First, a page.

A section of Athelstone UC’s church facilities has been made available as a Federal Government-funded, GP-led Respiratory Clinic for COVID-19 testing. The new clinic opened yesterday.
By Mark Schultz
Posted in Culture
When I began in my first ministry placement, the congregation was preparing for Christmas.
Having not been in placement at Christmas time before, I delved in to research what had been done previously. I found old orders of service, carols sung, resources used and, of course, the command that the Christmas Day service would start thirty minutes early and could go no longer than forty-five minutes. That way, if you got there at the usual time, you only had to persevere for fifteen minutes!
The other piece of information received was that the congregation letter box dropped a postcard about the Christmas events to the local community every year.
As I pondered it, I thought to myself, “What a waste! It will take people’s time and energy, the congregation's finances, and organization (we were too late to utilize the offering of the Synod’s cards).” But we did it anyway.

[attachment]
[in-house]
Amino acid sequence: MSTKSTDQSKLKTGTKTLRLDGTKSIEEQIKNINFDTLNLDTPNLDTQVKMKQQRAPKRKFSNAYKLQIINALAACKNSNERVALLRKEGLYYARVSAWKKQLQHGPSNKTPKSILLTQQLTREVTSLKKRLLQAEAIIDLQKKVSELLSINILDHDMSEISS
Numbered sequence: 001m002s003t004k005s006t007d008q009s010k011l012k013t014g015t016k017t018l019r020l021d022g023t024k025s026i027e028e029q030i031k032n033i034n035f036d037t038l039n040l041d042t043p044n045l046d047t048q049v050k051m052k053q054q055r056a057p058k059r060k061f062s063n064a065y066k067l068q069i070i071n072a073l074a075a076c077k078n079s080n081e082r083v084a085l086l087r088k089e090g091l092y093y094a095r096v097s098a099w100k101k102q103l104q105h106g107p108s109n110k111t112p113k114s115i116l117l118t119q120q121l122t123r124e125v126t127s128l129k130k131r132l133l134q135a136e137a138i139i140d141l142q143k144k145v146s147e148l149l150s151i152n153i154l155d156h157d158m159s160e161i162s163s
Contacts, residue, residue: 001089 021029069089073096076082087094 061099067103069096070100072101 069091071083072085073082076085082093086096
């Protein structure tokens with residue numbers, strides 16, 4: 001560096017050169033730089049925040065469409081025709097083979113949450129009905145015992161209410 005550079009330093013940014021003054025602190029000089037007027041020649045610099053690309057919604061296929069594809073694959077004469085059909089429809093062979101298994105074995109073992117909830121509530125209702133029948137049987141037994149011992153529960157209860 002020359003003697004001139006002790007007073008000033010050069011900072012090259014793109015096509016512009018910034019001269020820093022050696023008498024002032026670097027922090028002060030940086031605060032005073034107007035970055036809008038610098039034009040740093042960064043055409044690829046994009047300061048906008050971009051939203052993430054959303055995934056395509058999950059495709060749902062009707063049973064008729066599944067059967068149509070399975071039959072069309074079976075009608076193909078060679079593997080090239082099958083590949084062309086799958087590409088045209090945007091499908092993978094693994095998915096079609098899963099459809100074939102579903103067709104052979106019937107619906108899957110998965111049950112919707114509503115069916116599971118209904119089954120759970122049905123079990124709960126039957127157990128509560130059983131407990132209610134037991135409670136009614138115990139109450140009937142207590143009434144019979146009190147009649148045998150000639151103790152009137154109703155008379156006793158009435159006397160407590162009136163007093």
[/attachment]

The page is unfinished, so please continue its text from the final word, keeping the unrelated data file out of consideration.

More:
I can’t say the whole community turned up to all of our Christmas activities over the period, but I can certainly say that over my few years with that congregation, dozens of people from near and far did come along because of those efforts. For some, it was a beginning of a longer term connection with congregation, for others it was a reminder that there were locals reaching out to give others the opportunity to worship locally when they normally did so further afield.
We are in a time when our Church has been declining for some years. And yet, as members of the community of God, the body of Christ, it is upon us to share something of the joy, comfort and fellowship of faith to those around us. To do that in an intentional, organized, professional way shows that it is a genuine priority to welcome others to your congregation.
There are many ways of doing this, some taking more or less effort. The Communications Team of the Synod of South Australia has been providing a simple way of doing this through their postcards, on which you can place your own events on the back. It is simple, fairly cheap and meaningful.
Mark Twain said, “Many a small thing has been made large by the right kind of advertising.” Even if you don’t think that many others would want to join with your congregation at important times of the Christian calendar, why rob the one or two or maybe many more of that chance? It might be just the right thing and it might be exactly what God had in mind. But if not, try something else. If you want more ideas, I would love to talk to you.
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